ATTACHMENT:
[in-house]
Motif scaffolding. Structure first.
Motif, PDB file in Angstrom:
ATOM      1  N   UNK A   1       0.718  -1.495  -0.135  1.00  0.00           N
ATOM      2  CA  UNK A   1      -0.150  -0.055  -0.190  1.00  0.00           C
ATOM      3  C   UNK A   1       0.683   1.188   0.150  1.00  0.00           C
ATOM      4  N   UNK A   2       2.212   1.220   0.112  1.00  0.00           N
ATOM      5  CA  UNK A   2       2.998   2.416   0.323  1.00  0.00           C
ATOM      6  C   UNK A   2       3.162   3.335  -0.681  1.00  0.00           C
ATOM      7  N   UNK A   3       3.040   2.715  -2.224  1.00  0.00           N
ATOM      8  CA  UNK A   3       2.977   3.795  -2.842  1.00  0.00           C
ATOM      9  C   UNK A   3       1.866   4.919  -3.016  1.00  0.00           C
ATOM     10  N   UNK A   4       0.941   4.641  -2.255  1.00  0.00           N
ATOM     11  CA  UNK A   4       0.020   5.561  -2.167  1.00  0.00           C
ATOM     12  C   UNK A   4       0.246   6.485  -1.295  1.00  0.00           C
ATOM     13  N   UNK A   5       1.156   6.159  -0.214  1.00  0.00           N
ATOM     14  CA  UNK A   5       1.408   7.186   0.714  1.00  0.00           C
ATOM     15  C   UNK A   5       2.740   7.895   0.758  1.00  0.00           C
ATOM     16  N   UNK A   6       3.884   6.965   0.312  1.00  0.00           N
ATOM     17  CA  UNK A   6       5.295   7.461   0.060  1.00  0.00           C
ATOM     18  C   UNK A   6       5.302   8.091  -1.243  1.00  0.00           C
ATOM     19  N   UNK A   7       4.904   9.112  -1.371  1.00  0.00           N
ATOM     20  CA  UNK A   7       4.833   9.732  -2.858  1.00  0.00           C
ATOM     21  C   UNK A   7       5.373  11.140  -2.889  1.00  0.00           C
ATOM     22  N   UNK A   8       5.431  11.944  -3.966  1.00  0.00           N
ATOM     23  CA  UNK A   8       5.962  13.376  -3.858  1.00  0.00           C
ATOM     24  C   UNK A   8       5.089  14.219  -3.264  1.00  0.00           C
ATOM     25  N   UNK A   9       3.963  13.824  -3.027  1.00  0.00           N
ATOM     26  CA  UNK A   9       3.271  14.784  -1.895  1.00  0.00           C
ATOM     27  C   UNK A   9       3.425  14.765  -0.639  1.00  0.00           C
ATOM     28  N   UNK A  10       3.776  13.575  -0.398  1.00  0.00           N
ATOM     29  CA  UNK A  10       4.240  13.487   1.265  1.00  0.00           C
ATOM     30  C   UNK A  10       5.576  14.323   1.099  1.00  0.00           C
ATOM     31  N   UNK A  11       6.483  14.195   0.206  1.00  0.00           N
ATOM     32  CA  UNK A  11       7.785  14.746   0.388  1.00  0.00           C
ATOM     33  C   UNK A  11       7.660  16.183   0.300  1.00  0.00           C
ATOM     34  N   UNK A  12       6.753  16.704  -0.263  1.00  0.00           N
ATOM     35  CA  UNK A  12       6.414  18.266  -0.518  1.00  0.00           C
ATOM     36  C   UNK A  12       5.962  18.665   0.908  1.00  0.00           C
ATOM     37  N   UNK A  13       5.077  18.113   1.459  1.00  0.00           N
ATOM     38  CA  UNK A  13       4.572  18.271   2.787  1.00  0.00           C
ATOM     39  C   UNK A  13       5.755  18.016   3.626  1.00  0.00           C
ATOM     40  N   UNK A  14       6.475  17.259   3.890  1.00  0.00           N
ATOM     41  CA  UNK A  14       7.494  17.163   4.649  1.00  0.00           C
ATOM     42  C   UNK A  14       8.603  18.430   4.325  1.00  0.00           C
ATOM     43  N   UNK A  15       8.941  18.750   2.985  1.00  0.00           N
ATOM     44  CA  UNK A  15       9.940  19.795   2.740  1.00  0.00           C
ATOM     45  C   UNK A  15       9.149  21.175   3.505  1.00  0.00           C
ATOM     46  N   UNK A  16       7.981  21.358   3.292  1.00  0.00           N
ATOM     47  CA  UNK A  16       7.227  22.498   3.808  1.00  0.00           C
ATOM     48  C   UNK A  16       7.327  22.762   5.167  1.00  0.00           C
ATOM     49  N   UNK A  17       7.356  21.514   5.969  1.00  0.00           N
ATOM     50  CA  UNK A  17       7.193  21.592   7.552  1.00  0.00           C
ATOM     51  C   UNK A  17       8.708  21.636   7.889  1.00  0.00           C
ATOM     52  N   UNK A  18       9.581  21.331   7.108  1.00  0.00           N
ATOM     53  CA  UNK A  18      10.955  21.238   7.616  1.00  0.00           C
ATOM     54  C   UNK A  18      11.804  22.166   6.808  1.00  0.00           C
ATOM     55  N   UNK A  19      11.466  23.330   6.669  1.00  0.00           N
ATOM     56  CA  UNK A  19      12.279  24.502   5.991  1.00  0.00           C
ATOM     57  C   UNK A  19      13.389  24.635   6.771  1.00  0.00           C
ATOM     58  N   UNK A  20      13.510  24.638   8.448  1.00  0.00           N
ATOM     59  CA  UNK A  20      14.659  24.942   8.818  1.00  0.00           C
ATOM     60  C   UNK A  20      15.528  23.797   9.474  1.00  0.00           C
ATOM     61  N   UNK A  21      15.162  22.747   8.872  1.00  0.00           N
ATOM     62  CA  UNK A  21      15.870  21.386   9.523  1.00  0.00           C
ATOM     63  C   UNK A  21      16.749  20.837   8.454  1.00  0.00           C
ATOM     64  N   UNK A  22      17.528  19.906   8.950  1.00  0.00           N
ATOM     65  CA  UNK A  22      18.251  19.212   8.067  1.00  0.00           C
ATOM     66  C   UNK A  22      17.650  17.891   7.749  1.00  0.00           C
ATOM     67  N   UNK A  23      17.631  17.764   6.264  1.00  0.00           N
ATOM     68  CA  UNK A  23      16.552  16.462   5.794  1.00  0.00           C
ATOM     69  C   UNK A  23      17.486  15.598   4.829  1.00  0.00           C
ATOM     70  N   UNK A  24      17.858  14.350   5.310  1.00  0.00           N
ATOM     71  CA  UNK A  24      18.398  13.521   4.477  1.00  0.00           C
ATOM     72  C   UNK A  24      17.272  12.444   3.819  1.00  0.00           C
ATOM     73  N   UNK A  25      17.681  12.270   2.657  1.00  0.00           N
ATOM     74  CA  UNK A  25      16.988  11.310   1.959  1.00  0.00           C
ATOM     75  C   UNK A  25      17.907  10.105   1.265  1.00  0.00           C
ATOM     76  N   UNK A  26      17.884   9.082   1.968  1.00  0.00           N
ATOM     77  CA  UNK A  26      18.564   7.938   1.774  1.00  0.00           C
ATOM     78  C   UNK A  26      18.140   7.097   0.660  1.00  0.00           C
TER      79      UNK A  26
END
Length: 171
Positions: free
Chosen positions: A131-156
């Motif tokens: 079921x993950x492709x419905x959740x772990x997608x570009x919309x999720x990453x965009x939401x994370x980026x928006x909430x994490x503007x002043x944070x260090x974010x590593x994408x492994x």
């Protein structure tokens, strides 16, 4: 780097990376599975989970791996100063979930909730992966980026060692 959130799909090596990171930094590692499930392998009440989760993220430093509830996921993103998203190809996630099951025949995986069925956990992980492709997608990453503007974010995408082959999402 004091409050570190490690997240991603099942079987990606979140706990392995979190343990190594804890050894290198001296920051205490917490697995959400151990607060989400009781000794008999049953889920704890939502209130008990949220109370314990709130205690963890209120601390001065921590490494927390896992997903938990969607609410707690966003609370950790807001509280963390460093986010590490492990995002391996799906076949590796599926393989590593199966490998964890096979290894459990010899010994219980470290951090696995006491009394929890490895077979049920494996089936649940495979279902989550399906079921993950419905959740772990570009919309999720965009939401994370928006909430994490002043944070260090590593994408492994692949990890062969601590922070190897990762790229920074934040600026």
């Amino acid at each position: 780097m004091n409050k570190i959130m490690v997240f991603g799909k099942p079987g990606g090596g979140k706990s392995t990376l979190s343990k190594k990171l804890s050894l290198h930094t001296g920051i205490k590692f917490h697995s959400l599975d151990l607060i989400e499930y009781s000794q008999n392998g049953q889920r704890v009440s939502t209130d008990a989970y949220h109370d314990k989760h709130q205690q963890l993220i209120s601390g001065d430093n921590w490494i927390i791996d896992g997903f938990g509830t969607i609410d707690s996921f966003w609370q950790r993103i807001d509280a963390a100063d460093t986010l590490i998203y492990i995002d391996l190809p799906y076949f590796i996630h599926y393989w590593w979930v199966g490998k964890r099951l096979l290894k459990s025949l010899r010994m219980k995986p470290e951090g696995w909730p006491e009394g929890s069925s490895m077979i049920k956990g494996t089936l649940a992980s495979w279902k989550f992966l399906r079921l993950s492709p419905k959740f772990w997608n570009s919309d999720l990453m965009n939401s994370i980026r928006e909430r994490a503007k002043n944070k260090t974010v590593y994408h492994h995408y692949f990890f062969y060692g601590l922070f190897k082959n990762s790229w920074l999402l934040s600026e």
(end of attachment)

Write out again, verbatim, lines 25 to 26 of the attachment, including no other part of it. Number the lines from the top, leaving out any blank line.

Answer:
ATOM     22  N   UNK A   8       5.431  11.944  -3.966  1.00  0.00           N
ATOM     23  CA  UNK A   8       5.962  13.376  -3.858  1.00  0.00           C